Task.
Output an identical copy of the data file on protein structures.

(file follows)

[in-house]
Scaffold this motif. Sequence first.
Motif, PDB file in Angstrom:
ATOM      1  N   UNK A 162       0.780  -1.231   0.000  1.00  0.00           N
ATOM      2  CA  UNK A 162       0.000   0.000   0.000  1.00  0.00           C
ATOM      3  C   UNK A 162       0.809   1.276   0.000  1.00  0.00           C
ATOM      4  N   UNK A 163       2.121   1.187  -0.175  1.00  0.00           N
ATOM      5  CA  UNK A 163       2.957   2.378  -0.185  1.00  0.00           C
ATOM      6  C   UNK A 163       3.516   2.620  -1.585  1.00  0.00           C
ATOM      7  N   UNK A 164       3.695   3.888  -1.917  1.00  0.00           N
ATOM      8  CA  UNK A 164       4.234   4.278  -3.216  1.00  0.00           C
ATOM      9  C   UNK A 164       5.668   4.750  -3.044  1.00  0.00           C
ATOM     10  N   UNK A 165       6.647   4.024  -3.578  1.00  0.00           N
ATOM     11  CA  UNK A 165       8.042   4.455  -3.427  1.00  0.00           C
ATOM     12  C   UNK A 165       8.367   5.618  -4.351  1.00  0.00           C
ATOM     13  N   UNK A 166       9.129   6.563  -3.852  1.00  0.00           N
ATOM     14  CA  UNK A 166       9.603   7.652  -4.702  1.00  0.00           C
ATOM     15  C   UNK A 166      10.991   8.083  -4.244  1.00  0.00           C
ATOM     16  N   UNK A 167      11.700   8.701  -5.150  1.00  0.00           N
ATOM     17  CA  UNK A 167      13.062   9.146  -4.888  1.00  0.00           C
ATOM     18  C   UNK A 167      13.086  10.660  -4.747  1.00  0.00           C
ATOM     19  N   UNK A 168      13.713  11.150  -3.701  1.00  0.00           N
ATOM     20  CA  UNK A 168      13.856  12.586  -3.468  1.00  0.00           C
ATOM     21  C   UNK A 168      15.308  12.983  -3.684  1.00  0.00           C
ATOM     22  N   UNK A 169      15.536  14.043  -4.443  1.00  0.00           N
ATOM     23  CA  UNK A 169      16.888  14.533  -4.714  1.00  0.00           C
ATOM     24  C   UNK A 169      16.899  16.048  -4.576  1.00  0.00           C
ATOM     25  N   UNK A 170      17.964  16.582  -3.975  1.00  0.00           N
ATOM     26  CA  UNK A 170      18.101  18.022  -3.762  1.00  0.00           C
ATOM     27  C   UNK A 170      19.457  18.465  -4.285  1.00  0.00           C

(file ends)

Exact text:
[in-house]
Scaffold this motif. Sequence first.
Motif, PDB file in Angstrom:
ATOM      1  N   UNK A 162       0.780  -1.231   0.000  1.00  0.00           N
ATOM      2  CA  UNK A 162       0.000   0.000   0.000  1.00  0.00           C
ATOM      3  C   UNK A 162       0.809   1.276   0.000  1.00  0.00           C
ATOM      4  N   UNK A 163       2.121   1.187  -0.175  1.00  0.00           N
ATOM      5  CA  UNK A 163       2.957   2.378  -0.185  1.00  0.00           C
ATOM      6  C   UNK A 163       3.516   2.620  -1.585  1.00  0.00           C
ATOM      7  N   UNK A 164       3.695   3.888  -1.917  1.00  0.00           N
ATOM      8  CA  UNK A 164       4.234   4.278  -3.216  1.00  0.00           C
ATOM      9  C   UNK A 164       5.668   4.750  -3.044  1.00  0.00           C
ATOM     10  N   UNK A 165       6.647   4.024  -3.578  1.00  0.00           N
ATOM     11  CA  UNK A 165       8.042   4.455  -3.427  1.00  0.00           C
ATOM     12  C   UNK A 165       8.367   5.618  -4.351  1.00  0.00           C
ATOM     13  N   UNK A 166       9.129   6.563  -3.852  1.00  0.00           N
ATOM     14  CA  UNK A 166       9.603   7.652  -4.702  1.00  0.00           C
ATOM     15  C   UNK A 166      10.991   8.083  -4.244  1.00  0.00           C
ATOM     16  N   UNK A 167      11.700   8.701  -5.150  1.00  0.00           N
ATOM     17  CA  UNK A 167      13.062   9.146  -4.888  1.00  0.00           C
ATOM     18  C   UNK A 167      13.086  10.660  -4.747  1.00  0.00           C
ATOM     19  N   UNK A 168      13.713  11.150  -3.701  1.00  0.00           N
ATOM     20  CA  UNK A 168      13.856  12.586  -3.468  1.00  0.00           C
ATOM     21  C   UNK A 168      15.308  12.983  -3.684  1.00  0.00           C
ATOM     22  N   UNK A 169      15.536  14.043  -4.443  1.00  0.00           N
ATOM     23  CA  UNK A 169      16.888  14.533  -4.714  1.00  0.00           C
ATOM     24  C   UNK A 169      16.899  16.048  -4.576  1.00  0.00           C
ATOM     25  N   UNK A 170      17.964  16.582  -3.975  1.00  0.00           N
ATOM     26  CA  UNK A 170      18.101  18.022  -3.762  1.00  0.00           C
ATOM     27  C   UNK A 170      19.457  18.465  -4.285  1.00  0.00           C